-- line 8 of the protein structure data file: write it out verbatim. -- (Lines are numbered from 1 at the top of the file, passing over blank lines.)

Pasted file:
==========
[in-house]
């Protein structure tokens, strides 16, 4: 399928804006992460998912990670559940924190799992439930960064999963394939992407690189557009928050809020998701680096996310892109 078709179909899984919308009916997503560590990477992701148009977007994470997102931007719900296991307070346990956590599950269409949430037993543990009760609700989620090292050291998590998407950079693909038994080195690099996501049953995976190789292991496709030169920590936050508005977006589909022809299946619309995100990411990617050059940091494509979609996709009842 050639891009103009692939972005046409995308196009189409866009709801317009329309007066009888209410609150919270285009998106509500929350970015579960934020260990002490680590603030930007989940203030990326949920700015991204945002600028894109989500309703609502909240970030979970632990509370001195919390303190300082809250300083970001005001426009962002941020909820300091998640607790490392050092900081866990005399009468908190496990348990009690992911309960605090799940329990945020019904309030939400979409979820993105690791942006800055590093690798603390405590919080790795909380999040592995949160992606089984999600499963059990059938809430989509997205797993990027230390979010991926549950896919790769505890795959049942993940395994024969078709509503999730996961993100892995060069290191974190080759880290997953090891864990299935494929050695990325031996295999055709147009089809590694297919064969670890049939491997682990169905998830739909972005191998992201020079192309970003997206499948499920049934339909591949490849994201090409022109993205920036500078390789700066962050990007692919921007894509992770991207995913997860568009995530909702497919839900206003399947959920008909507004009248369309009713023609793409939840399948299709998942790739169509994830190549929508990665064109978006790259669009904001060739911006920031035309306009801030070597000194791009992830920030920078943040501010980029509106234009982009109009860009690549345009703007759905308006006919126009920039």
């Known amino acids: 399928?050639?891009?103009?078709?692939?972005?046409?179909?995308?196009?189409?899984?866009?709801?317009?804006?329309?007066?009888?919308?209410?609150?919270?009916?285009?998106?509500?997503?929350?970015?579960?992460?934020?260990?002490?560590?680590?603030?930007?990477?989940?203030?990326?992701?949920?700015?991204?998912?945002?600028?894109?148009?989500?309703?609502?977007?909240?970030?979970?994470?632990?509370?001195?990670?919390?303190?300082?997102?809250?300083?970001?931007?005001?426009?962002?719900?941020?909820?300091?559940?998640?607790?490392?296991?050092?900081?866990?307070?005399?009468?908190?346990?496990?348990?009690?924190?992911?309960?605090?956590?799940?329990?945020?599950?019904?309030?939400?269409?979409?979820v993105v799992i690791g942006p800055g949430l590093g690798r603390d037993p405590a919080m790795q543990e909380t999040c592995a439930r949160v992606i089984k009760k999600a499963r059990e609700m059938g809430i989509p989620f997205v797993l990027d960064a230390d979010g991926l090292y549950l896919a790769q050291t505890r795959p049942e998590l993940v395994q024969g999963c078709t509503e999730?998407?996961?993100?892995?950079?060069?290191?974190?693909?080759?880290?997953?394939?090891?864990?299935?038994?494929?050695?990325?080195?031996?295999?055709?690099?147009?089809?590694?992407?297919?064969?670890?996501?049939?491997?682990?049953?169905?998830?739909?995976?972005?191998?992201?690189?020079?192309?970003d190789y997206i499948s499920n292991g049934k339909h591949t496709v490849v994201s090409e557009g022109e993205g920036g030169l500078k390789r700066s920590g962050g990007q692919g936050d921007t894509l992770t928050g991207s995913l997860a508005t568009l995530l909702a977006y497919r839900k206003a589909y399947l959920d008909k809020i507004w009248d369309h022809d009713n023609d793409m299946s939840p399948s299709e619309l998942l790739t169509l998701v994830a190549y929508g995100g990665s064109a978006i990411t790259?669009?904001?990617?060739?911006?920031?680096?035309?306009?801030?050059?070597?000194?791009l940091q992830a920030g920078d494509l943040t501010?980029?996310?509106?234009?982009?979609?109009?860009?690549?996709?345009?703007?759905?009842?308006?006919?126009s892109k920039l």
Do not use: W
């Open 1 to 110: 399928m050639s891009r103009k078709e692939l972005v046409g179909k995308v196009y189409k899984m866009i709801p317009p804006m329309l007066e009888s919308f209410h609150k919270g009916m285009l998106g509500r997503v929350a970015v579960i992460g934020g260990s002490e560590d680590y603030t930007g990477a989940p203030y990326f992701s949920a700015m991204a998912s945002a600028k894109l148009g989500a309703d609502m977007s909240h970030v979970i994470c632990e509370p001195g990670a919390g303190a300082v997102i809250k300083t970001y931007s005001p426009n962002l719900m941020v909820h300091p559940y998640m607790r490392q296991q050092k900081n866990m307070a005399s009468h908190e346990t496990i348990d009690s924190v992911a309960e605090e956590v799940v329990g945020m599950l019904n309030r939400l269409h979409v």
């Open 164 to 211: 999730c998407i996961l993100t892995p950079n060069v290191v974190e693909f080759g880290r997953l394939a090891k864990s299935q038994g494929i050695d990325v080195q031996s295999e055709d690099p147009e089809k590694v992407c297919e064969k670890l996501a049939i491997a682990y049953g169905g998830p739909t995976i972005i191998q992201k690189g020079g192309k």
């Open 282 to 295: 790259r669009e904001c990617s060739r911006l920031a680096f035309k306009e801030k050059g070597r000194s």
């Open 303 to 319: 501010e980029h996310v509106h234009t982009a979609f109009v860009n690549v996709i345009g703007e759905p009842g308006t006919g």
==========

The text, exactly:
């Open 303 to 319: 501010e980029h996310v509106h234009t982009a979609f109009v860009n690549v996709i345009g703007e759905p009842g308006t006919g």